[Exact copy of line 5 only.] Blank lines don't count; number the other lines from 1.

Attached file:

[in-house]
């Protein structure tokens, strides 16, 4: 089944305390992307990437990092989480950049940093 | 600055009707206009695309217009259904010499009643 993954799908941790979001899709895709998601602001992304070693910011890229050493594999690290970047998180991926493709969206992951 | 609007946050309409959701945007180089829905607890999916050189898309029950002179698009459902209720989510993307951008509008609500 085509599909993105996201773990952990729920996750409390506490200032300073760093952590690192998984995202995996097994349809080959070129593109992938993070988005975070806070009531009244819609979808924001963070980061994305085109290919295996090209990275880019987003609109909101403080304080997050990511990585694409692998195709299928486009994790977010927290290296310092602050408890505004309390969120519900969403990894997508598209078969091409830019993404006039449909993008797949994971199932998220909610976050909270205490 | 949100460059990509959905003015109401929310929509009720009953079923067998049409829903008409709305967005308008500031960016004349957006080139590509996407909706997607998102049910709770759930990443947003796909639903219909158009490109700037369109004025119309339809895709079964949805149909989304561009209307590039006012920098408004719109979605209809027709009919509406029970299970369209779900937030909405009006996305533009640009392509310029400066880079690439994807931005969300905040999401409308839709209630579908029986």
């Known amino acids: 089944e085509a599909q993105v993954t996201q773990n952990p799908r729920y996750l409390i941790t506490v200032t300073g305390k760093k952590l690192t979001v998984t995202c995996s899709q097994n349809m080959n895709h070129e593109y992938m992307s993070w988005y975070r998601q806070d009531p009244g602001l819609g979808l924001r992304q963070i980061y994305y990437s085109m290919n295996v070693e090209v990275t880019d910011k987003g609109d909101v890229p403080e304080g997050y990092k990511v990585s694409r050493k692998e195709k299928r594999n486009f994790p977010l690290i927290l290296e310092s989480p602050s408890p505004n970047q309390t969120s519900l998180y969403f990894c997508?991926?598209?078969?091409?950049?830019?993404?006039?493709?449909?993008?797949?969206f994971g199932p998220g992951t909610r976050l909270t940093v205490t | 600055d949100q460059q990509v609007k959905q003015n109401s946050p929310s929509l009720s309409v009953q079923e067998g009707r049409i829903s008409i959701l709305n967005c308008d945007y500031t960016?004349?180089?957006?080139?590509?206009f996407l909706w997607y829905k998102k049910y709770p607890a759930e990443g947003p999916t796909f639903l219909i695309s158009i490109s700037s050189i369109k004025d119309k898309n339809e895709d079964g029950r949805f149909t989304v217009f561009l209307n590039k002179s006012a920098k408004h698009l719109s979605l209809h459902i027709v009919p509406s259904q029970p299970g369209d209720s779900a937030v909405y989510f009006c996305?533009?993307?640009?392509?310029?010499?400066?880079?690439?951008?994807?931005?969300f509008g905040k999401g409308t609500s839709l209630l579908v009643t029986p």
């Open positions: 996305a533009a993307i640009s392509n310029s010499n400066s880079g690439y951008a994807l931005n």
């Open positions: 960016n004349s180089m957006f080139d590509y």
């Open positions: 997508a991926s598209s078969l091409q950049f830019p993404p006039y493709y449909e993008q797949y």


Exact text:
């Open positions: 960016n004349s180089m957006f080139d590509y």